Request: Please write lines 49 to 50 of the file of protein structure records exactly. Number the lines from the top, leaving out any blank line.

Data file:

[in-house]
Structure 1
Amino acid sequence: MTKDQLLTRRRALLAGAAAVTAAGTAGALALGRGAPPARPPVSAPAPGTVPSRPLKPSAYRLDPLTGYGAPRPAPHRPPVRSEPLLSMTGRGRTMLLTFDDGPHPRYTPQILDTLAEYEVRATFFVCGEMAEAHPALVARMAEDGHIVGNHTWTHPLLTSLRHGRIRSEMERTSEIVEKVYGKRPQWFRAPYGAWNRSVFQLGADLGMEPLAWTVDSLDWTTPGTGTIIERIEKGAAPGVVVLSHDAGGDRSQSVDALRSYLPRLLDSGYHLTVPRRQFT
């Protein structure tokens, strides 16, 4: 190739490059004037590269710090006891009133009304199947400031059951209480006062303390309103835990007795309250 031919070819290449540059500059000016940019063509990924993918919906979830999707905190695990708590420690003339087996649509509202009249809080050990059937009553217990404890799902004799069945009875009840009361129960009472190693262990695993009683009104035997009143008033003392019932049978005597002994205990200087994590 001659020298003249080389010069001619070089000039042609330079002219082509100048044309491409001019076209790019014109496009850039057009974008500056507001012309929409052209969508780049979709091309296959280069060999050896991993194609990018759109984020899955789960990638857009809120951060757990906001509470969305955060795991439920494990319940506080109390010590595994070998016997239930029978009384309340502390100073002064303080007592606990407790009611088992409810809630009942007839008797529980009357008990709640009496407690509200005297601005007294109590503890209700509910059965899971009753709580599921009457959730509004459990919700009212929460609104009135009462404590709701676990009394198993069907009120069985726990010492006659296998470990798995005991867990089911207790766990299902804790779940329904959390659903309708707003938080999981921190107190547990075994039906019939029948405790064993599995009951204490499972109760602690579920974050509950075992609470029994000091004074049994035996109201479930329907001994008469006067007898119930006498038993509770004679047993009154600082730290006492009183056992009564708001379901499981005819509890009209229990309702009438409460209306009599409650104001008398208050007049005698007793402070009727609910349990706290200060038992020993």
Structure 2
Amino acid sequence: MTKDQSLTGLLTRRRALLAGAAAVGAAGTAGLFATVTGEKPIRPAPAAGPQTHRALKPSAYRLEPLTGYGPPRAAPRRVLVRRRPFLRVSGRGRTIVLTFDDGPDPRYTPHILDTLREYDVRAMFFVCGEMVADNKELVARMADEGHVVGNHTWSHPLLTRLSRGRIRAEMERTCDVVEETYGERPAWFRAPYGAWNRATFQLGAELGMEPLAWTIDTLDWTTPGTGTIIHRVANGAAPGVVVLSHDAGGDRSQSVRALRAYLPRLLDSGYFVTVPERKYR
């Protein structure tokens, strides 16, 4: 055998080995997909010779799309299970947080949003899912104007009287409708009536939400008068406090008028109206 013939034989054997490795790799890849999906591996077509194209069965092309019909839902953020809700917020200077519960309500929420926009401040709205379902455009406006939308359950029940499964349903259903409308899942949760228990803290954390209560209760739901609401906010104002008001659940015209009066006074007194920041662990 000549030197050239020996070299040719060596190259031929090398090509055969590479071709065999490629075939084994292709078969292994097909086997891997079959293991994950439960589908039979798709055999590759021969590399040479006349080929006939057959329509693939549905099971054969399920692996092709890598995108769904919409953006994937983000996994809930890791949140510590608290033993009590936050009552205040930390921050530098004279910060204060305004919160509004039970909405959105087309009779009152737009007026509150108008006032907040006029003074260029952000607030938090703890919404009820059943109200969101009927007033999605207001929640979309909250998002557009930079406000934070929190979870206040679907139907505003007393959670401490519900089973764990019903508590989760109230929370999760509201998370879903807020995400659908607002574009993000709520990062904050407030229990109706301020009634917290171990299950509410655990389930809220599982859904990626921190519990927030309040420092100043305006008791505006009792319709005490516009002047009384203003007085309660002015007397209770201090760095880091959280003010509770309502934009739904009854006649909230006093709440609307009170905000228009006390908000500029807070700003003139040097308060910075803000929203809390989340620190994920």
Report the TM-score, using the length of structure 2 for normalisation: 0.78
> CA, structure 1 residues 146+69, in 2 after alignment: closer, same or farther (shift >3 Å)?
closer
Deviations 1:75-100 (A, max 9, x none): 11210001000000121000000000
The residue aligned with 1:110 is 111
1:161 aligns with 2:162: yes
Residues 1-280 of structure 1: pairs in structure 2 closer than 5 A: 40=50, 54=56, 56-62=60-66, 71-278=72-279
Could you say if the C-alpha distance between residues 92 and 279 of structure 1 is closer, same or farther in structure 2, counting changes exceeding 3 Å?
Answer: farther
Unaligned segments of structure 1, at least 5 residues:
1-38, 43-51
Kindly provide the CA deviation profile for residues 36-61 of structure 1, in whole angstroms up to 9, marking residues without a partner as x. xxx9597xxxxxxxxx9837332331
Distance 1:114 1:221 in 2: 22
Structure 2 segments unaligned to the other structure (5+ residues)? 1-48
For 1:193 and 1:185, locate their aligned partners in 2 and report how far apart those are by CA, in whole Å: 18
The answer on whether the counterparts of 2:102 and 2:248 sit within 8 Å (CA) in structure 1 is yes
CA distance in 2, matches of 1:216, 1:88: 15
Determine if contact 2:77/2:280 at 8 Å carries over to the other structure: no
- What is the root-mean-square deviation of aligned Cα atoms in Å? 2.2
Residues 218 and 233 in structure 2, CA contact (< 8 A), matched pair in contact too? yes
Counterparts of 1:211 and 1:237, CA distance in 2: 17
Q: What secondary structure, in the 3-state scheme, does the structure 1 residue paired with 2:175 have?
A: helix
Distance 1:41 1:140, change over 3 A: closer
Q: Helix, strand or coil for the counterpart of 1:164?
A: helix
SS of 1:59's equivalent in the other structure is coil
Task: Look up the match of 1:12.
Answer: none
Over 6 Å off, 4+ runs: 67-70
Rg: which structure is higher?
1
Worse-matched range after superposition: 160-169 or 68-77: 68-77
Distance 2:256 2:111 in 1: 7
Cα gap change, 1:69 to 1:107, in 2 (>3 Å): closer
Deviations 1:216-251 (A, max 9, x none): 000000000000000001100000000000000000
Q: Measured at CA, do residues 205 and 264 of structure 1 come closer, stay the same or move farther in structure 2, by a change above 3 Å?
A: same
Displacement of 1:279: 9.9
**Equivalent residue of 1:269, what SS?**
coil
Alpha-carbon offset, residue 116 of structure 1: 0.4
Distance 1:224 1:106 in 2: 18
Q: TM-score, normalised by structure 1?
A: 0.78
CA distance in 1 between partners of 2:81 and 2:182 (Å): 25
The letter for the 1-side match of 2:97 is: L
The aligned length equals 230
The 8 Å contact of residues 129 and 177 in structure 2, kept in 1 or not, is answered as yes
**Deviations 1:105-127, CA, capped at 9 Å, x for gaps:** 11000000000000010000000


Alpha-carbon offset, residue 116 of structure 1: 0.4
Distance 1:224 1:106 in 2: 18